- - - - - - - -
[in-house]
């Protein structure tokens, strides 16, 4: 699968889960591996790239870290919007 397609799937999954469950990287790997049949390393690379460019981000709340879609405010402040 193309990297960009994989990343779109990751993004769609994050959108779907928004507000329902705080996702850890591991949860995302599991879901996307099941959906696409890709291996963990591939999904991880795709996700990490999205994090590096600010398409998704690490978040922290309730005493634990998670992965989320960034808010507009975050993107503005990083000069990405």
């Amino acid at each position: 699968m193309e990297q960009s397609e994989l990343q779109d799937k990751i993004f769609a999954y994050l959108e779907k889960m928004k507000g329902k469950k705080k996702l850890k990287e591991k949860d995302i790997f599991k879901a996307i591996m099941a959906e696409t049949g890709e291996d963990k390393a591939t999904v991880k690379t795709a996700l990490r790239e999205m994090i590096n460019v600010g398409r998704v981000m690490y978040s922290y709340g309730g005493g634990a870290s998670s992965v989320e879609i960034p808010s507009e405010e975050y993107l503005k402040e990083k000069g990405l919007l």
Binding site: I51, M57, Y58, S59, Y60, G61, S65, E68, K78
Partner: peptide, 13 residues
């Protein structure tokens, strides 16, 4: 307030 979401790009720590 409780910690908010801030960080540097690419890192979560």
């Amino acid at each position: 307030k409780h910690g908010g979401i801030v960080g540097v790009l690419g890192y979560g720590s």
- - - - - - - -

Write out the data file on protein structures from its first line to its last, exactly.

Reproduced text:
[in-house]
């Protein structure tokens, strides 16, 4: 699968889960591996790239870290919007 397609799937999954469950990287790997049949390393690379460019981000709340879609405010402040 193309990297960009994989990343779109990751993004769609994050959108779907928004507000329902705080996702850890591991949860995302599991879901996307099941959906696409890709291996963990591939999904991880795709996700990490999205994090590096600010398409998704690490978040922290309730005493634990998670992965989320960034808010507009975050993107503005990083000069990405």
């Amino acid at each position: 699968m193309e990297q960009s397609e994989l990343q779109d799937k990751i993004f769609a999954y994050l959108e779907k889960m928004k507000g329902k469950k705080k996702l850890k990287e591991k949860d995302i790997f599991k879901a996307i591996m099941a959906e696409t049949g890709e291996d963990k390393a591939t999904v991880k690379t795709a996700l990490r790239e999205m994090i590096n460019v600010g398409r998704v981000m690490y978040s922290y709340g309730g005493g634990a870290s998670s992965v989320e879609i960034p808010s507009e405010e975050y993107l503005k402040e990083k000069g990405l919007l």
Binding site: I51, M57, Y58, S59, Y60, G61, S65, E68, K78
Partner: peptide, 13 residues
């Protein structure tokens, strides 16, 4: 307030 979401790009720590 409780910690908010801030960080540097690419890192979560």
């Amino acid at each position: 307030k409780h910690g908010g979401i801030v960080g540097v790009l690419g890192y979560g720590s």